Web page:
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Rattled Cardinals fight off panic to beat Siena

DAYTON, Ohio – The crushing full-court press wasn’t getting anything done against unflappable Siena.

A double-digit lead had evaporated. And, from those black folding chairs on the Louisville bench to the plastic red-and-blue seats all around the arena, it was clear to everyone that the top-seeded team was starting to panic.

Coach Rick Pitino called a timeout and made a challenge.

“You’ve got to prove to yourselves now you’re a great basketball team,” he told the rattled players.

His carefree senior got the message. Terrence Williams rallied the teetering-but-not-toppled Cardinals to a 79-72 victory Sunday in the second round of the NCAA Tournament, putting Louisville in the round of 16 for the second straight year.

Williams had 24 points, 15 rebounds and one saving play after another after Pitino urged someone to step up in the last seven minutes.

“Only he has that type of ability to hear a voice, perform it, get it, and do it,” Pitino said.

Louisville (30-5) will play 12th-seeded Arizona in the Midwest Regional on Friday in Indianapolis, riding a 12-game winning streak that was very much in doubt in the closing minutes.

Siena (27-8) overcame a 12-point deficit in the second half and led by four before Williams took over, hitting 3s, getting rebounds and starting fast breaks with one-handed passes.

Edwin Ubiles scored 24 points for the Saints, who handled Louisville’s full-court pressure and then applied some of their own. The Cardinals headed to the bench for a timeout with stunned expressions after Clarence Jackson’s lay-in put Siena up 63-59 with 7:20 to go.

“Yeah, we thought we had them,” said Kenny Hasbrouck, who scored 11 points. “We were running them up and down. We kept up with them every time. But unfortunately, I guess a team that’s good, there’s a reason they’re No. 1.”

The reason was Williams.

He’s known as the Cardinals’ most carefree player. He showed his big-game cool by dancing at midcourt before a first-round win over Morehead State, then skipped across the court on Sunday during pregame introductions. When he landed out of bounds in the first half, ending up on a photographer’s camera, he picked it up and looked through the viewfinder.

So when the pressure was on, he was the obvious choice.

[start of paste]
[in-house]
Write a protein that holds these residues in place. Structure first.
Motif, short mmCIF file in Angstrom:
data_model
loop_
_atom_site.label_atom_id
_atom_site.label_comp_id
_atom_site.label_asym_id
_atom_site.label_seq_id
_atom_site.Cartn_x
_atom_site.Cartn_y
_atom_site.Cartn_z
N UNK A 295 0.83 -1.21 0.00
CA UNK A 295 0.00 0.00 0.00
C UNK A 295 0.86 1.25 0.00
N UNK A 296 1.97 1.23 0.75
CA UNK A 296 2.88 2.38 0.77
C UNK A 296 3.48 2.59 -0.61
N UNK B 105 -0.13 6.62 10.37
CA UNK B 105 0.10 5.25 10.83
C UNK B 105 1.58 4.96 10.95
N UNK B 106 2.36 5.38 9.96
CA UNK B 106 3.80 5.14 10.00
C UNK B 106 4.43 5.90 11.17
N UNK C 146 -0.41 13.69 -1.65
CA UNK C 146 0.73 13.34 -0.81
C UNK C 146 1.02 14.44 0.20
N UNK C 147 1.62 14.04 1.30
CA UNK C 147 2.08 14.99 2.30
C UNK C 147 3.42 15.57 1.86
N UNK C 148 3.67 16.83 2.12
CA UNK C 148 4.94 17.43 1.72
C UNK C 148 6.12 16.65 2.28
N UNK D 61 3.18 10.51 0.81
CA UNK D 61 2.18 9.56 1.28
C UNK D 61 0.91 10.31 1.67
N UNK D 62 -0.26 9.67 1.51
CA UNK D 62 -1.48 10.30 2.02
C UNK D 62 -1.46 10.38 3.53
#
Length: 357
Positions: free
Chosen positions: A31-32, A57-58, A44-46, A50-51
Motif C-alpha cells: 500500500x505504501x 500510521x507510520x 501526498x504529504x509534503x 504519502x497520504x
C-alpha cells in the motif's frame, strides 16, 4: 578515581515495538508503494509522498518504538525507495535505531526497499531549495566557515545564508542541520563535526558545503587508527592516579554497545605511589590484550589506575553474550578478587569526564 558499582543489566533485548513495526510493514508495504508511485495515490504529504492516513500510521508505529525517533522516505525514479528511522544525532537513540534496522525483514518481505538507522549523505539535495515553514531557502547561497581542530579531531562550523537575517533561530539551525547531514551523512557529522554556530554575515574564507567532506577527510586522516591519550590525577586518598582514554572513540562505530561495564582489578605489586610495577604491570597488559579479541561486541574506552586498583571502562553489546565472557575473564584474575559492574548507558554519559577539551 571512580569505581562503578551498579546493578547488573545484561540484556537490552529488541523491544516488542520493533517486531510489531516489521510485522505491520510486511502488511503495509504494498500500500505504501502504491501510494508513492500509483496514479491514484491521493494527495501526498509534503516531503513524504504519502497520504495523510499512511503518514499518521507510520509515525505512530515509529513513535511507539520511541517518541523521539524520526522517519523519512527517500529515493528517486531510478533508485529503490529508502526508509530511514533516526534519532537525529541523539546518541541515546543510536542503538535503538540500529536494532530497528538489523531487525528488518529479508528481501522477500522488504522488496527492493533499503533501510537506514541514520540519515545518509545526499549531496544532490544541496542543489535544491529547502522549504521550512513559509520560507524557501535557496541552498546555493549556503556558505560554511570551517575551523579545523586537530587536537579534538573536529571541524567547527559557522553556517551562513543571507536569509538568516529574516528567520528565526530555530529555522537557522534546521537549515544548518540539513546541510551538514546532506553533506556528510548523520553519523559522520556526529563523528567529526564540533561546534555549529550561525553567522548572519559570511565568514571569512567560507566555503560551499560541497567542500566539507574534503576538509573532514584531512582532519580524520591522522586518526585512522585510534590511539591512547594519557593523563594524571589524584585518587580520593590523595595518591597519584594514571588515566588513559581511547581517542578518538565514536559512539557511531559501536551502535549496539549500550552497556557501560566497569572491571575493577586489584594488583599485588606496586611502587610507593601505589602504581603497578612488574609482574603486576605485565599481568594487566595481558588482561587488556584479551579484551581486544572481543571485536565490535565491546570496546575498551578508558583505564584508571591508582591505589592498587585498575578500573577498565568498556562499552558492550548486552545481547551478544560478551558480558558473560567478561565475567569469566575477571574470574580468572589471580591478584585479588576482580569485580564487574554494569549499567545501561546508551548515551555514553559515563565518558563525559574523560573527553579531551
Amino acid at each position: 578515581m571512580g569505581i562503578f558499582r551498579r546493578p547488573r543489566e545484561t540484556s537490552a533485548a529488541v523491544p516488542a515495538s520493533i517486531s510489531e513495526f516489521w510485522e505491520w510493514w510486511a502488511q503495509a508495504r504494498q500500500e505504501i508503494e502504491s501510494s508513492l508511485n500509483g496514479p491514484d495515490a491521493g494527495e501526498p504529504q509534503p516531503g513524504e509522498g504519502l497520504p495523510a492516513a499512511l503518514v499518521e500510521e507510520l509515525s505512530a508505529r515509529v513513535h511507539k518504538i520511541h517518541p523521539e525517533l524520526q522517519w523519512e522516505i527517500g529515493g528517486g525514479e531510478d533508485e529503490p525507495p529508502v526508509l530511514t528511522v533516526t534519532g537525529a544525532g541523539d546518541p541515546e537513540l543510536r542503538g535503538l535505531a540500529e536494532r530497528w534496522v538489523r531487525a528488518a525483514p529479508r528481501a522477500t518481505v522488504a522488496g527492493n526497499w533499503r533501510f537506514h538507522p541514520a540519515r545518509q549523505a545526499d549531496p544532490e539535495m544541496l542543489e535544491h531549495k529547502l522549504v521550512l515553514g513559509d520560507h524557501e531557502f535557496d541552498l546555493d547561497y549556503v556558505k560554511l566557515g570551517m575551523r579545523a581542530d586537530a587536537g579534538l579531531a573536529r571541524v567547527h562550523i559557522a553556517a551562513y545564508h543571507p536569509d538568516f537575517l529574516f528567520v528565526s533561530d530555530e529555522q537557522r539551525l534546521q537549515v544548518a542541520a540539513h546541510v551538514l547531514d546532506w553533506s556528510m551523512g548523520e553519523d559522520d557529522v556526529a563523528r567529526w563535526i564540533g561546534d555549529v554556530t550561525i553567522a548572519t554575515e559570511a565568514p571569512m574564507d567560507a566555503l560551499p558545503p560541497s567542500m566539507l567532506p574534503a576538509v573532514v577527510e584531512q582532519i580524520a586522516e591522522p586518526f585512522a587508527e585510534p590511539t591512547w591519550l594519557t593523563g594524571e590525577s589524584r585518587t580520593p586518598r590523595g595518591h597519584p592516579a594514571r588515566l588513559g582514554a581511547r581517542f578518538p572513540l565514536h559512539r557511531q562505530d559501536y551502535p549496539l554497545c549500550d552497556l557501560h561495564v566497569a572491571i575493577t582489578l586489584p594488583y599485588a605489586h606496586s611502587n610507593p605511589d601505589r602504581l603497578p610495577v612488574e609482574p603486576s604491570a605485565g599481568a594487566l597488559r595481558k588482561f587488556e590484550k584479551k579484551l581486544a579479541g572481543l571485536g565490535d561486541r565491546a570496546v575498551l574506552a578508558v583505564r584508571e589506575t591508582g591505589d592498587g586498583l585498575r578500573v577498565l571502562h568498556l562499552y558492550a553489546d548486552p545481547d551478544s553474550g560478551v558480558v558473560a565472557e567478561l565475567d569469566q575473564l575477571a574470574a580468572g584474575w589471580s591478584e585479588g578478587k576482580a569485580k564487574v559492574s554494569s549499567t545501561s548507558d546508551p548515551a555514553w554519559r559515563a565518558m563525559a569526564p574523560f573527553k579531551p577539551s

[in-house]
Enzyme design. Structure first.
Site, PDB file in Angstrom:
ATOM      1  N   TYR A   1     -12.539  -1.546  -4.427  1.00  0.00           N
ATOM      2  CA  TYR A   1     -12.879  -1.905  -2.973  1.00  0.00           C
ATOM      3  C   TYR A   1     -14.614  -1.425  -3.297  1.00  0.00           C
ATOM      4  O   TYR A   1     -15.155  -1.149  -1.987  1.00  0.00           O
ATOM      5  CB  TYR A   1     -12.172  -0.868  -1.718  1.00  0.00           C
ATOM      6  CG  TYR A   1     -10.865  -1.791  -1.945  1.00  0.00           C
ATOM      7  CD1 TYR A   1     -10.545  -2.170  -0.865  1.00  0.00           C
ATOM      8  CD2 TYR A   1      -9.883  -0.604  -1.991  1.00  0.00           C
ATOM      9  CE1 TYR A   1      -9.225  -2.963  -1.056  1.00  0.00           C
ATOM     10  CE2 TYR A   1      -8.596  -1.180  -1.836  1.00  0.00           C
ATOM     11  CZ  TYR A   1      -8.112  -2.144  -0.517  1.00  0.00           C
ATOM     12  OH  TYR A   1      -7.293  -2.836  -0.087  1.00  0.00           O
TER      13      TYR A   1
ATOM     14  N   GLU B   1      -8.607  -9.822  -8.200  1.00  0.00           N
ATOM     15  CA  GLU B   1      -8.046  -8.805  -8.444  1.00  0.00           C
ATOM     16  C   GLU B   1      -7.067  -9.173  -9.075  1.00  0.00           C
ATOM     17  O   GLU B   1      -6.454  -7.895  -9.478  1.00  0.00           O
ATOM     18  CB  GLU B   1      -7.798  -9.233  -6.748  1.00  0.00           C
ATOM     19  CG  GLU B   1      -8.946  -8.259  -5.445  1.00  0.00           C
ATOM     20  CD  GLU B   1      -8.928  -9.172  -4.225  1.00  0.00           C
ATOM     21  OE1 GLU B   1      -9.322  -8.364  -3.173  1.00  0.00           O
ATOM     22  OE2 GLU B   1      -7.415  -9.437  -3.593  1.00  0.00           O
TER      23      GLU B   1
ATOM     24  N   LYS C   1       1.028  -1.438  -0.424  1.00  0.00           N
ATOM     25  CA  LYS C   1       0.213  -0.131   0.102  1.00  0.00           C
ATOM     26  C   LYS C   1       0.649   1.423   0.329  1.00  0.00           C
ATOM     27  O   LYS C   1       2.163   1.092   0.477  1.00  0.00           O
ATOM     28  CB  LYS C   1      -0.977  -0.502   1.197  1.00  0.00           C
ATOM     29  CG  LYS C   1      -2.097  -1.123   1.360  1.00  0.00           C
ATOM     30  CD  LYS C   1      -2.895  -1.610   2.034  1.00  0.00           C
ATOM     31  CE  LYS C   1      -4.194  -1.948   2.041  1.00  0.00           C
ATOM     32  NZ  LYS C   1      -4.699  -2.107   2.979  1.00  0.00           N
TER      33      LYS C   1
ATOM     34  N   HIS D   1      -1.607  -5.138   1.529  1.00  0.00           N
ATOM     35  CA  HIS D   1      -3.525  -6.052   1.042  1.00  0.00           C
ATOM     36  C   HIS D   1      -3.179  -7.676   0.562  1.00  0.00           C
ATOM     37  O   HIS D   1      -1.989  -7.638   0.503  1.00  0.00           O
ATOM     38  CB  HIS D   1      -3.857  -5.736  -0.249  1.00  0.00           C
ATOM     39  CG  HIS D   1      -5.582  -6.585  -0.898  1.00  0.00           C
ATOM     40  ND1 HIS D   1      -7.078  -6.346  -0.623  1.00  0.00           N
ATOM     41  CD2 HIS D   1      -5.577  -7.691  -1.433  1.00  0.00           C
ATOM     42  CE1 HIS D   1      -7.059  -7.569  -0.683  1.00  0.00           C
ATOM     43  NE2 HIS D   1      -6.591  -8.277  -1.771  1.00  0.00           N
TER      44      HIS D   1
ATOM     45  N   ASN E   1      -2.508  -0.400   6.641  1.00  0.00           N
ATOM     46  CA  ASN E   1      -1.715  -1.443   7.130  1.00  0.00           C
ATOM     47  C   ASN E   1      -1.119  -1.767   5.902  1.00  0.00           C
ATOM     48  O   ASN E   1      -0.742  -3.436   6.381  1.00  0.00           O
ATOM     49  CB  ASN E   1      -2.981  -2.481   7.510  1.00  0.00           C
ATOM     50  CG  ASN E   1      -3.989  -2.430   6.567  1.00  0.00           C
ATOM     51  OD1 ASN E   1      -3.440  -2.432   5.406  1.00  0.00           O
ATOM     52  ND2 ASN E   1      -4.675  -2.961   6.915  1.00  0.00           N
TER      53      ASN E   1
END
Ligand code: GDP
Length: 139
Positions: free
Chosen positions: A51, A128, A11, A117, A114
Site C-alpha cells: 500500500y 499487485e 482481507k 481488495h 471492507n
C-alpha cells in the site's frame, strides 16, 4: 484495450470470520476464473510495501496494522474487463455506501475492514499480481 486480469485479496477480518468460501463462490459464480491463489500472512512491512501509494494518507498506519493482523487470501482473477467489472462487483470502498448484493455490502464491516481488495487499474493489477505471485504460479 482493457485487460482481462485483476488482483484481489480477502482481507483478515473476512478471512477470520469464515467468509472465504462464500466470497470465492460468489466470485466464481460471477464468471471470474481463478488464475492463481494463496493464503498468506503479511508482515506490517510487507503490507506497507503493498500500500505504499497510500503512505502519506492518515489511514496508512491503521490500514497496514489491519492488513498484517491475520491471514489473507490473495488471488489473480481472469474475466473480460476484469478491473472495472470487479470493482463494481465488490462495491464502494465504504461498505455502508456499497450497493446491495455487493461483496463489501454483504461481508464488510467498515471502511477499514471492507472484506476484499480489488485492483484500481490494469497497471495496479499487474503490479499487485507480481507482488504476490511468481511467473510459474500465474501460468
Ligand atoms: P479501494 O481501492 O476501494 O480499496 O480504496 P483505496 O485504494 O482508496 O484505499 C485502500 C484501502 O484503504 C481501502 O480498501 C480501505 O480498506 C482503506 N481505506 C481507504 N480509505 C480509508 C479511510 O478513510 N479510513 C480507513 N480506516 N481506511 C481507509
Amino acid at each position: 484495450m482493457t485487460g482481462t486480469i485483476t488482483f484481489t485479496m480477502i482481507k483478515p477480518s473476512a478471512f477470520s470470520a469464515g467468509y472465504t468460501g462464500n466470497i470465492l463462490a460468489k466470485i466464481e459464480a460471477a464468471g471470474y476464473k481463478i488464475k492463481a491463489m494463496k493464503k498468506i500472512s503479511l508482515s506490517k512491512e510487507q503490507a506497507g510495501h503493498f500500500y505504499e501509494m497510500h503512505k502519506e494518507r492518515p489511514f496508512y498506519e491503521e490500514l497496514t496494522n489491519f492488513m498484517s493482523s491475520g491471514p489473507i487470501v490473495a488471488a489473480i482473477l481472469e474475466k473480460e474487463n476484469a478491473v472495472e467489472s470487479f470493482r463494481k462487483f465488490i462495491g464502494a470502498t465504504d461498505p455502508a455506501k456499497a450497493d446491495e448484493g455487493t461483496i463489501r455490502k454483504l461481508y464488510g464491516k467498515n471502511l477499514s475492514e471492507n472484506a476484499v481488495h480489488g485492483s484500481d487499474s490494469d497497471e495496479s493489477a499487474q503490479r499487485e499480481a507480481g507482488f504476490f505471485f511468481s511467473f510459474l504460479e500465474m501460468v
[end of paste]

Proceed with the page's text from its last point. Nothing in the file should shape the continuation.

“It’s pressure if you guys are thinking about it,” Williams said. “If it’s us, it’s not really pressure. We’re just playing basketball.”

He immediately drove for a basket and hit a 3-pointer that changed the momentum. He had nine points, five rebounds, a steal and a pair of one-handed passes for fast-break layups the rest of the way.

“He definitely stepped up,” said Earl Clark, who added 12 points and 12 rebounds. “I expect that from him. He’s our leader and he’s a great player, one of the best forwards in the country.”

Louisville had won its last 11 games and the Big East regular-season and tournament titles by applying the pressure – full-court, nonstop. The Saints handled it without much problem – only nine turnovers – and applied a little of their own in the second half, making it a game.

They had no answer for Williams.

“When the team was sputtering, he made some plays,” Siena coach Fran McCaffery said.

Williams two free throws with 35 seconds left put Louisville ahead 76-69 and ended the Saints’ upset chances.

Citizen Online Archive, 2006-2009

This archive contains all the stories that appeared on the Tucson Citizen's website from mid-2006 to June 1, 2009.

In 2010, a power surge fried a server that contained all of videos linked to dozens of stories in this archive. Also, a server that contained all of the databases for dozens of stories was accidentally erased, so all of those links are broken as well. However, all of the text and photos that accompanied some stories have been preserved.

For all of the stories that were archived by the Tucson Citizen newspaper's library in a digital archive between 1993 and 2009, go to Morgue Part 2

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